To get there, HR should work on cultivating new network-based tools and processes -- along with the requisite social capital and relevant communities -- long term to drive improvement in objectives like recruiting, on-boarding, learning, expertise location and human capital management/reporting. Understanding and engaging with stakeholders in the ever-shifting winds of digital channels is important too. One year might require a mobile app to reach new recruits, while the next might see that tablet-based education and training is the most important.
Looking up into the HR stack is also vital. Hiring and on-boarding might be so easy in the near future that it's outsourced or in some other way entirely eliminated. Looking at the more strategic aspects of HR and how digital can enable high-order orchestration and value creation will be a vital path to future-proofing the function.
Dan Pontefract, Chief Envisioner, TELUS Transformation Office
Dan Pontefract is the author of "FLAT ARMY: Creating a Connected and Engaged Organization” and is currently at work on the follow-up book. He is Chief Envisioner of TELUS Transformation Office; a future-of-work group at parent company, TELUS that helps organizations enhance their corporate culture, employee engagement, leadership, learning, work styles & collaboration practices. Tweets and visits to his blog are appreciated.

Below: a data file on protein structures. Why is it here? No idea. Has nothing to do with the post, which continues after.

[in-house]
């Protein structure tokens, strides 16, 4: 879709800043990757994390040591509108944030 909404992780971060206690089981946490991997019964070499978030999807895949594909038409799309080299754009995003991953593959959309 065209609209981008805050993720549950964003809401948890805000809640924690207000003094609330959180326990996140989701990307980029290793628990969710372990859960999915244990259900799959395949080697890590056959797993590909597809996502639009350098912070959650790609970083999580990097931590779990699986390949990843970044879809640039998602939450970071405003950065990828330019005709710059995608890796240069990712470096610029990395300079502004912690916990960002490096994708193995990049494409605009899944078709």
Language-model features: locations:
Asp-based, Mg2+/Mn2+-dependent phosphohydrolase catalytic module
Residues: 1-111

For as long as I can remember, I’ve loathed the term "Human Resources."
Who are we to denote humans as actual resources in the organizations they serve? If HR -- as it has been referred to since the 1980s, after decades of iterative naming conventions including "welfare secretaries" and "personnel management" -- wants to establish a new priority, it should be to rid itself of such anachronistic vernacular. This somewhat radical move may lessen comedic material for Dilbert, but I’m willing to take the risk.